The Klingons, who don’t take kindly to breaking out in song, send battlecruisers to destroy the fissure, and the Enterprise crew knows if the fissure is destroyed, anybody who has suffered its effects will also perish. Uhura and Spock seek to discover a way to break the improbability matrix, and they do so through studying the songs themselves. Uhura, with her careful eyes and ears, finds a connection in the raw data presented by the fissure. It’s a simple solution: the entire crew must sing.
Pike asserts Uhura, who is someone who can bind the Enterprise crew together thanks to her ability to connect people, should lead the ship in song to get the fissure’s “improbability level” high enough to close it. Music hitherto was being used to push people away from each other, but Uhura recognizes music is also great for bringing people together. It’s a clever message couched in dumb science, but again, if you go into this episode knowing it’s silly, things won’t seem so absurd. The episode doesn’t take itself too seriously, and neither should we.
In a grand finale number, with the Klingons just about ready to fire their weapons, the Enterprise crew rallies in song. and even gets the Klingons to join in. We’ll give one critique here: Klingons dancing in a way you might see at, say, a Tayler Swift concert, is really disconcerting and cringy – but at least the uncomfortable moment is acknowledged by the Enterprise bridge crew and played for laughs. Otherwise, the finale number is appropriately explosive, with members of the entire crew singing and dancing together to close the fissure. With the tear in space closed, all is well.
Taken together, the experiment “Subspace Rhapsody” poses to its audience works surprisingly well. Using each song to expand our understanding of our main characters, and in some cases move their respective plotlines forward, is a creatively smart way to balance storytelling and music. While only a few numbers present choreography worth writing home about, the songs themselves are varied and enjoyable to listen to; we have members of the American alternative rock band Letters to Cleo to thank for that. We’ll look forward to the songs from this episode showing up on streaming services, which is as good a compliment as any musical can expect.
On a thematic level, we appreciate how Strange New Worlds asserts a well-known understanding of music and emotions; that is, the two go hand in hand. Such is a fundamental aspect of the human condition that we all can relate to; who doesn’t appreciate it when an artist bears their soul through song? It’s like what Elton John once said: “Guess there are times when we all need to share a little pain…And it’s times like these when we all need to hear the radio/’Cause from the lips of some old singer/We can share the troubles we already know.” Such is the understanding “Subspace Rhapsody” has of the healing power of music, and this power allowed us to see a more honest side of our characters than we would have otherwise. For that reason, we consider this Star Trek musical a success, even if some people may scoff at the abnormality of the episode.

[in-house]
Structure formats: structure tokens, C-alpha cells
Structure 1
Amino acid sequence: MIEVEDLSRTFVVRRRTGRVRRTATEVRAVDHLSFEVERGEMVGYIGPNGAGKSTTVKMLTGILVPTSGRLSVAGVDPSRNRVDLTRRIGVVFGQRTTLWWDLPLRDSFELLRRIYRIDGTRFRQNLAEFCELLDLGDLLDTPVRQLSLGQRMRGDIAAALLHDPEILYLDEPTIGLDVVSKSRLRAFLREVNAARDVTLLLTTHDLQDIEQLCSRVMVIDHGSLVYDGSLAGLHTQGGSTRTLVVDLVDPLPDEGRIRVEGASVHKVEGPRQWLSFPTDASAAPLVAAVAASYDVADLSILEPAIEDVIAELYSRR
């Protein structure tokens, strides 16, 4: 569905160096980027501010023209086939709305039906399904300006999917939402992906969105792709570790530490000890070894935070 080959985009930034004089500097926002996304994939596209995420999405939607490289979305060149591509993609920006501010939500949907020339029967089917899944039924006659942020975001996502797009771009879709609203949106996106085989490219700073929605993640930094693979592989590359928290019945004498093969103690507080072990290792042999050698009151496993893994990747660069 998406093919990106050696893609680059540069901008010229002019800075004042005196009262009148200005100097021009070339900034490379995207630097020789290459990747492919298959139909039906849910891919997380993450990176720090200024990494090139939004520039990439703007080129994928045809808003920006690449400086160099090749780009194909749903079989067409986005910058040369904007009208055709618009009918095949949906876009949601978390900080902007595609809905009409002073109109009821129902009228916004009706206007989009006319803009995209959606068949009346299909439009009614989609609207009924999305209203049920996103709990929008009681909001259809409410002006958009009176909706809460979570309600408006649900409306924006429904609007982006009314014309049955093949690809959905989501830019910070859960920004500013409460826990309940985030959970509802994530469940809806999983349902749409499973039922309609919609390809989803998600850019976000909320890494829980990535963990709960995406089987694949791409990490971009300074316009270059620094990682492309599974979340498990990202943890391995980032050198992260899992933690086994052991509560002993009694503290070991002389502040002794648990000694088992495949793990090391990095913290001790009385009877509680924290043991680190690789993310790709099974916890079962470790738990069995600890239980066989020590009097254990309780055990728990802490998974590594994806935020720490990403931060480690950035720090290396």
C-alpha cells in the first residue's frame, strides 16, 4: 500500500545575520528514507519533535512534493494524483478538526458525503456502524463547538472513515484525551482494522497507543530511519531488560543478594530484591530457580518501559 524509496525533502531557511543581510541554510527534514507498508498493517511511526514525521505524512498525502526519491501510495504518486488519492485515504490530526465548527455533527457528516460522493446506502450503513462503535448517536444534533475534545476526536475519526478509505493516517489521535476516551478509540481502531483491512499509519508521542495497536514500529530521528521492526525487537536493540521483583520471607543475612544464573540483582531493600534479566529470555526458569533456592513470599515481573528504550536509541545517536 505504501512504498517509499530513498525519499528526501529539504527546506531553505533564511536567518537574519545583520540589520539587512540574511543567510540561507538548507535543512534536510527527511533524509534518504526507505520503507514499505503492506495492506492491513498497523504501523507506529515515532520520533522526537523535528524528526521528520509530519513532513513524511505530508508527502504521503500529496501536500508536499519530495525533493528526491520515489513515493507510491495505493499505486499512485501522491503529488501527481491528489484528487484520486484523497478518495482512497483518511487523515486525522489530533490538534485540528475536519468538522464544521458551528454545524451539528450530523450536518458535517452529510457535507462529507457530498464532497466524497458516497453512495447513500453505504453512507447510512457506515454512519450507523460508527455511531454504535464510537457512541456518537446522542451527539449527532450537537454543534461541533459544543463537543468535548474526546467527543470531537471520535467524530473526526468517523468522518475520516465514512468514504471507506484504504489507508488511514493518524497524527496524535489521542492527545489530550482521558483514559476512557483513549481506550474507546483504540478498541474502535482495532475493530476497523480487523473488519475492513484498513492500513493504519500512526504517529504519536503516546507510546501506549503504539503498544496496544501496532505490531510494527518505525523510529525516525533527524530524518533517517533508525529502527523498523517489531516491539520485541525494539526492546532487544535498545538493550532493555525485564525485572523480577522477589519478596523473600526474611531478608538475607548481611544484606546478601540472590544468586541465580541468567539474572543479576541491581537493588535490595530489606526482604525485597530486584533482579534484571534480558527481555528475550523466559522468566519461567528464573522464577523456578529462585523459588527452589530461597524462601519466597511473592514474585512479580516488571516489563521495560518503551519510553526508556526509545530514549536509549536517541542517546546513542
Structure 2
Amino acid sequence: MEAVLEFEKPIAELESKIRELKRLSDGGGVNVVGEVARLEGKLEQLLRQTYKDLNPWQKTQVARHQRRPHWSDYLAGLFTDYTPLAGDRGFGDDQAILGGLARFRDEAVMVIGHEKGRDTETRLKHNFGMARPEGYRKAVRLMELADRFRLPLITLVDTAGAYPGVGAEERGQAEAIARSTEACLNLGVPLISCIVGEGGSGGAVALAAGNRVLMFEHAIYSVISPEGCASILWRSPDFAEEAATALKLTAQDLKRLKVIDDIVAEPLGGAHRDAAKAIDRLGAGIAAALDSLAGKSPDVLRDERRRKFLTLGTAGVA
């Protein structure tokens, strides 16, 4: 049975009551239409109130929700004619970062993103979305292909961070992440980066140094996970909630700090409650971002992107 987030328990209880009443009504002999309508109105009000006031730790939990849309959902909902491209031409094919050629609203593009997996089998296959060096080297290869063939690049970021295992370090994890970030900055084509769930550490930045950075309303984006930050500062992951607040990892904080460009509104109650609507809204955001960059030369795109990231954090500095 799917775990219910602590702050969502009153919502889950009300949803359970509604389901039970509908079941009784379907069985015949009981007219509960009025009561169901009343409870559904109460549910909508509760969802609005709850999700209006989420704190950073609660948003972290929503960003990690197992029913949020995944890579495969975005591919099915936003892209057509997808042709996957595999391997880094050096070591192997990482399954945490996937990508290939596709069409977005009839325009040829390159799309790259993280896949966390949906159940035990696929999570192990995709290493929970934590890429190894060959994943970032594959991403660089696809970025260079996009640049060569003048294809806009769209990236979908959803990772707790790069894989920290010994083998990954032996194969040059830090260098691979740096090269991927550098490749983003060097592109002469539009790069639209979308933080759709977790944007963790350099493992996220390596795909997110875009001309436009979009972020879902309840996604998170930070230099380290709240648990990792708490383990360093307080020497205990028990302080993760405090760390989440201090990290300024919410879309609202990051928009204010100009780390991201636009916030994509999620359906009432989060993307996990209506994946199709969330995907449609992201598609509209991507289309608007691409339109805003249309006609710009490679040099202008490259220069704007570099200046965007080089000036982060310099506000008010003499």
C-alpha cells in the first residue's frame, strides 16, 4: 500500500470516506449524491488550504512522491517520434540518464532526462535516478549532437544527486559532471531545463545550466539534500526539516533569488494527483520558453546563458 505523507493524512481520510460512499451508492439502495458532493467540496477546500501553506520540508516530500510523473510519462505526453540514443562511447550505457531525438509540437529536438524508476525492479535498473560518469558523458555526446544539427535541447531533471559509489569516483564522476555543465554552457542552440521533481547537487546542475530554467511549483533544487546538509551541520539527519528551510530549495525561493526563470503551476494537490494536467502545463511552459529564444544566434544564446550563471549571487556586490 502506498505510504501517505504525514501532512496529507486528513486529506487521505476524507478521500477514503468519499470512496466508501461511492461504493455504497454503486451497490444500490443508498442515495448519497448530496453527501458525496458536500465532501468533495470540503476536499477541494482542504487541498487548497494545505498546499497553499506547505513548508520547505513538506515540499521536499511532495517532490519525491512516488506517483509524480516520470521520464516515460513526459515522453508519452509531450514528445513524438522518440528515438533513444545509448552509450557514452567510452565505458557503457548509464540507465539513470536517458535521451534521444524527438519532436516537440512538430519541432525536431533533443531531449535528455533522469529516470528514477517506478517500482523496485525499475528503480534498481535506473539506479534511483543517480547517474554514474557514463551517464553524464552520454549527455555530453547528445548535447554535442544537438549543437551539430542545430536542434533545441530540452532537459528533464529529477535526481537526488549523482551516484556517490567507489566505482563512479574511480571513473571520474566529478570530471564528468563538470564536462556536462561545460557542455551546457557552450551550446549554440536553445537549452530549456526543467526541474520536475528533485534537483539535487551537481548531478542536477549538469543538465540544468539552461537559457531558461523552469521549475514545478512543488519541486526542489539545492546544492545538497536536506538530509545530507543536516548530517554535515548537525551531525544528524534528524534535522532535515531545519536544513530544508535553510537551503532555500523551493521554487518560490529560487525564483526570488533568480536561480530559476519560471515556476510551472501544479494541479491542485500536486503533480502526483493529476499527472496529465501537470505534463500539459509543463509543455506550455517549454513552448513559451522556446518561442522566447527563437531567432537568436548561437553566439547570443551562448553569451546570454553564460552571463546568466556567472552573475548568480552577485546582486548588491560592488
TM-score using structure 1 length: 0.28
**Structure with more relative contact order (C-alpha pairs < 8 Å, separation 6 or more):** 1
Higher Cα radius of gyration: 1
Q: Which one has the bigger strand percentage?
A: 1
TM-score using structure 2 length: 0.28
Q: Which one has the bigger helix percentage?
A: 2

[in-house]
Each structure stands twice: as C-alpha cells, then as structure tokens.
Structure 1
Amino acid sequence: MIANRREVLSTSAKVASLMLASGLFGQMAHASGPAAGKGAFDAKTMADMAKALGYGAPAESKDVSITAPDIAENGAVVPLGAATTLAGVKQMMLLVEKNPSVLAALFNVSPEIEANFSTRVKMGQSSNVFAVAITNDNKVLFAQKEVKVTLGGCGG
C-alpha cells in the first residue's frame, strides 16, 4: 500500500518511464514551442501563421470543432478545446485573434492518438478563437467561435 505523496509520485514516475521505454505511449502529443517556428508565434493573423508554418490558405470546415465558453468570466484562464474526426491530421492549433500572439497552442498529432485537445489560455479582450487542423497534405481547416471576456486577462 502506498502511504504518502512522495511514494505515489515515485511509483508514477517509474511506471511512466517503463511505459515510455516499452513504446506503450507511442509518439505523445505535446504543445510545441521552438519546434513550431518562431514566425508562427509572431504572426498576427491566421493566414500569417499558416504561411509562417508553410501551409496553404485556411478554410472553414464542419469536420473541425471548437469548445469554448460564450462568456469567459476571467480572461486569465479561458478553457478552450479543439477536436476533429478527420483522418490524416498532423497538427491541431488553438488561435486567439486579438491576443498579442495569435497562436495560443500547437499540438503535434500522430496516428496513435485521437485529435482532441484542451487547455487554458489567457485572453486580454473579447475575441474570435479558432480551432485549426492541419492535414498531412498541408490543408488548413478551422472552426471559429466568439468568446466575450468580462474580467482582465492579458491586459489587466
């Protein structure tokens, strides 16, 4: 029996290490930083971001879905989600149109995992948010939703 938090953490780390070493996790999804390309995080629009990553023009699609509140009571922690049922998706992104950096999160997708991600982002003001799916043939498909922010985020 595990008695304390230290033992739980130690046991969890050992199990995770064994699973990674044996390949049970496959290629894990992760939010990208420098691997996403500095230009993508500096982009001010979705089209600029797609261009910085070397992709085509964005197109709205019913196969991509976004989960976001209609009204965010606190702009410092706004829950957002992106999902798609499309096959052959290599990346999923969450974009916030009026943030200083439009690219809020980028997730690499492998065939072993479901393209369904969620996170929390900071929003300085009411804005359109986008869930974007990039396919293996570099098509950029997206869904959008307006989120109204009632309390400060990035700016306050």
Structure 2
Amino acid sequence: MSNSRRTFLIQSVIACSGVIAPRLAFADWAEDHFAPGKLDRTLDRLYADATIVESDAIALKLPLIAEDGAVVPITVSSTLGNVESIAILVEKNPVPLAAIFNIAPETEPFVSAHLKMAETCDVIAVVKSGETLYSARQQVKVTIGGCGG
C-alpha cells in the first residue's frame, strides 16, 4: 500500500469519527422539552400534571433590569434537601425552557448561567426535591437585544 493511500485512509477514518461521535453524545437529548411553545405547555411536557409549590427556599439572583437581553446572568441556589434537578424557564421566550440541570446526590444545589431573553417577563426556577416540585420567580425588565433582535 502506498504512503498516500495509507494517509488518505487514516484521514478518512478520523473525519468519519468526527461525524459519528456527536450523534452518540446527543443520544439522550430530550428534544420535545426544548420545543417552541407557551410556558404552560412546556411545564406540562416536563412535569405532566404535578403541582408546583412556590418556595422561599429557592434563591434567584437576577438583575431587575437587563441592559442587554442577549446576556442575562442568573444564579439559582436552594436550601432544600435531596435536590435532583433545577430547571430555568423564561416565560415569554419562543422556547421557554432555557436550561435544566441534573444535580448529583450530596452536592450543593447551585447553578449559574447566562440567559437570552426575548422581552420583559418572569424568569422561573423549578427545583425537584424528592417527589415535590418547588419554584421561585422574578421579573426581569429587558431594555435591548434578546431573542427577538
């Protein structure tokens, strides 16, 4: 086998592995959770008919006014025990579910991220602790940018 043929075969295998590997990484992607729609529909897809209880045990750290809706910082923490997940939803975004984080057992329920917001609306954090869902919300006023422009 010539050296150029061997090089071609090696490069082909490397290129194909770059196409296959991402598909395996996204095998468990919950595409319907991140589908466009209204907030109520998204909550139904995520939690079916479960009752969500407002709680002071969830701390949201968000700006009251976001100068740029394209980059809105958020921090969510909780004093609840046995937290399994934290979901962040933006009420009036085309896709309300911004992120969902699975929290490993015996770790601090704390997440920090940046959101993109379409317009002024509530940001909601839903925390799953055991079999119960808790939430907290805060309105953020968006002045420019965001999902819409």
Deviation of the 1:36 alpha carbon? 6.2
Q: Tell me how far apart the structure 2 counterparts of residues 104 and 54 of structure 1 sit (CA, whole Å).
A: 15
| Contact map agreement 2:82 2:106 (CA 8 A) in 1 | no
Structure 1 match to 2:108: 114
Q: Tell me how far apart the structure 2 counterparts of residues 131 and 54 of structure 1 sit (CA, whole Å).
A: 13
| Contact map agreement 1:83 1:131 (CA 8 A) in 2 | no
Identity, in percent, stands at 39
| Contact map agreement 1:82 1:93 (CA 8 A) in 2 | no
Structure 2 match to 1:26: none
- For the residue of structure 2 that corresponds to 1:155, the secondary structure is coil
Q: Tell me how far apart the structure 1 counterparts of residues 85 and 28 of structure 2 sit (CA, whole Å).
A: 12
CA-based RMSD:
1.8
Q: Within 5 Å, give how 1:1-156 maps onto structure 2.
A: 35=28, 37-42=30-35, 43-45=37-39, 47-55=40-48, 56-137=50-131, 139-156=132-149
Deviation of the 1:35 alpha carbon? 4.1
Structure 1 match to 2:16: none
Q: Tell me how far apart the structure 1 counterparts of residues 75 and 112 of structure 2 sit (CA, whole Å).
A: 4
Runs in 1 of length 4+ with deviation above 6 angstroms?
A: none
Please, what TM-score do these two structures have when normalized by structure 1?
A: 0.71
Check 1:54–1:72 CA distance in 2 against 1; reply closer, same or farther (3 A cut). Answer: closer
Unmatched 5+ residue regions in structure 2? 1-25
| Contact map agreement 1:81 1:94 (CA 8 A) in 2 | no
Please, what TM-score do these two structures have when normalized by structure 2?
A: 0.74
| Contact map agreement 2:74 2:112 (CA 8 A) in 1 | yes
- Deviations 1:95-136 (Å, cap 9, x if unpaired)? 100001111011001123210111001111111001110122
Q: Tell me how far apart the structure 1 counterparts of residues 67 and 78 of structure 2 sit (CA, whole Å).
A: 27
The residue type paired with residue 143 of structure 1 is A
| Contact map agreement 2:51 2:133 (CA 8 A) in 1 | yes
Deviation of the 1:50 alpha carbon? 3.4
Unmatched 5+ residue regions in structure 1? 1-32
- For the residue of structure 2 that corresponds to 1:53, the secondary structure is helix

- Chapel is awaiting a message from Dr. Korby, who is likely the same Roger Korby as in TOS’ “What Are Little Girls Made Of?” M’Benga describes Korby as the “Louis Pasteur of archaeological medicine,” which is the same language Spock used to describe him in the aforementioned episode. We know Chapel eventually becomes Korby’s fiancé, so… will Strange New Worlds show us how that happens?
- The song Uhura sends through the fissure is, appropriately, “Anything Goes,” written by Cole Porter for the 1934 musical of the same name.
- Don’t skip this episode’s intro sequence, as it features a unique rendition of the SNW theme song.
- We confirmed with Paramount+ that these songs were performed by the actors themselves.
- The watch La’an holds while singing about Kirk is the watch the pair used to track down the reactor in “Tomorrow and Tomorrow and Tomorrow.”
- On the map of the area surrounding the fissure, we see the Republic, the ship James Kirk served on as ensign.
- Check out DS9’s “Rivals” for another sci-fi story that involves unusual improbability.
- Writers Dana Horgan and Bill Wolkoff are sure to reference through character dialogue how silly the idea of a Star Trek musical is, and the noticeable reprisal of the TOS theme after the grand finale number helps us recall when TOS could sometimes get off the rails.
- Why do we get the feeling Batel is not long for this world? At the end of the episode, she’s off on a priority one mission, and we know the Gorn must figure into the season finale.
New episodes of Star Trek: Strange New Worlds are made available to stream Thursdays on Paramount+.